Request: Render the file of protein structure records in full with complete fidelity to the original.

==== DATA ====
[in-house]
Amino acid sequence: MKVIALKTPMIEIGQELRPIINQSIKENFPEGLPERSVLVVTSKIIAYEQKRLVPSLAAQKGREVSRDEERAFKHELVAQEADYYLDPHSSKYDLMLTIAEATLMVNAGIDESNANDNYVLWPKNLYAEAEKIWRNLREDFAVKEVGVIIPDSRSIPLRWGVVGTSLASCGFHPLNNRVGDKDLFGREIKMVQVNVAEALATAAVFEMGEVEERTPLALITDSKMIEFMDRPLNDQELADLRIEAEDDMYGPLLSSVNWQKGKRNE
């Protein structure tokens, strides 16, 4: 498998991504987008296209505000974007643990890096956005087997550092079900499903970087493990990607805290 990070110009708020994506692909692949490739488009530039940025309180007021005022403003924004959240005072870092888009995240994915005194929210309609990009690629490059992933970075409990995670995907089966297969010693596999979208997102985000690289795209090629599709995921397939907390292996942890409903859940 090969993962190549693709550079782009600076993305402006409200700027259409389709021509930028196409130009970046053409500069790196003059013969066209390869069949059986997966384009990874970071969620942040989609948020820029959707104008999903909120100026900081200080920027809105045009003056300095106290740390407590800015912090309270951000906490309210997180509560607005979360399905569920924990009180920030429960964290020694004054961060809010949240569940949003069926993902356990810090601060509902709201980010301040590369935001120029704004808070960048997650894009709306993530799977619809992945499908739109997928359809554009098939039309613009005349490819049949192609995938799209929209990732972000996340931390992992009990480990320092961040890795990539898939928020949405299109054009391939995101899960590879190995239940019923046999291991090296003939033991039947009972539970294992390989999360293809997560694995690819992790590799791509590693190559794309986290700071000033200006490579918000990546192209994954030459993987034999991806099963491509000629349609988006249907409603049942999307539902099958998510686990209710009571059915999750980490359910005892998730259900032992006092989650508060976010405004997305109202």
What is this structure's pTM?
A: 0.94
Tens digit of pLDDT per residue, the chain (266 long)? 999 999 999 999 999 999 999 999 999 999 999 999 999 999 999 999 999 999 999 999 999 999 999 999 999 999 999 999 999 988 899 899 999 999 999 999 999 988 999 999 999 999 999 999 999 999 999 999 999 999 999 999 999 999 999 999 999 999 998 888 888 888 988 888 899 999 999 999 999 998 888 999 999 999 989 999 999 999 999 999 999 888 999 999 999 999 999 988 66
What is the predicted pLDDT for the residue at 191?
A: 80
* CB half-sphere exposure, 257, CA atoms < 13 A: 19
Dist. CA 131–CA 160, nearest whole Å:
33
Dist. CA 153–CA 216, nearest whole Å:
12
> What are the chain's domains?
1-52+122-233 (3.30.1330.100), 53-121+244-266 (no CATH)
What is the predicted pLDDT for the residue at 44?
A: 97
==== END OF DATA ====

[in-house]
Amino acid sequence: MKVIALKTPMIEIGQELRPIINQSIKENFPEGLPERSVLVVTSKIIAYEQKRLVPSLAAQKGREVSRDEERAFKHELVAQEADYYLDPHSSKYDLMLTIAEATLMVNAGIDESNANDNYVLWPKNLYAEAEKIWRNLREDFAVKEVGVIIPDSRSIPLRWGVVGTSLASCGFHPLNNRVGDKDLFGREIKMVQVNVAEALATAAVFEMGEVEERTPLALITDSKMIEFMDRPLNDQELADLRIEAEDDMYGPLLSSVNWQKGKRNE
């Protein structure tokens, strides 16, 4: 498998991504987008296209505000974007643990890096956005087997550092079900499903970087493990990607805290 990070110009708020994506692909692949490739488009530039940025309180007021005022403003924004959240005072870092888009995240994915005194929210309609990009690629490059992933970075409990995670995907089966297969010693596999979208997102985000690289795209090629599709995921397939907390292996942890409903859940 090969993962190549693709550079782009600076993305402006409200700027259409389709021509930028196409130009970046053409500069790196003059013969066209390869069949059986997966384009990874970071969620942040989609948020820029959707104008999903909120100026900081200080920027809105045009003056300095106290740390407590800015912090309270951000906490309210997180509560607005979360399905569920924990009180920030429960964290020694004054961060809010949240569940949003069926993902356990810090601060509902709201980010301040590369935001120029704004808070960048997650894009709306993530799977619809992945499908739109997928359809554009098939039309613009005349490819049949192609995938799209929209990732972000996340931390992992009990480990320092961040890795990539898939928020949405299109054009391939995101899960590879190995239940019923046999291991090296003939033991039947009972539970294992390989999360293809997560694995690819992790590799791509590693190559794309986290700071000033200006490579918000990546192209994954030459993987034999991806099963491509000629349609988006249907409603049942999307539902099958998510686990209710009571059915999750980490359910005892998730259900032992006092989650508060976010405004997305109202």
What is this structure's pTM?
A: 0.94
Tens digit of pLDDT per residue, the chain (266 long)? 999 999 999 999 999 999 999 999 999 999 999 999 999 999 999 999 999 999 999 999 999 999 999 999 999 999 999 999 999 988 899 899 999 999 999 999 999 988 999 999 999 999 999 999 999 999 999 999 999 999 999 999 999 999 999 999 999 999 998 888 888 888 988 888 899 999 999 999 999 998 888 999 999 999 989 999 999 999 999 999 999 888 999 999 999 999 999 988 66
What is the predicted pLDDT for the residue at 191?
A: 80
* CB half-sphere exposure, 257, CA atoms < 13 A: 19
Dist. CA 131–CA 160, nearest whole Å:
33
Dist. CA 153–CA 216, nearest whole Å:
12
> What are the chain's domains?
1-52+122-233 (3.30.1330.100), 53-121+244-266 (no CATH)
What is the predicted pLDDT for the residue at 44?
A: 97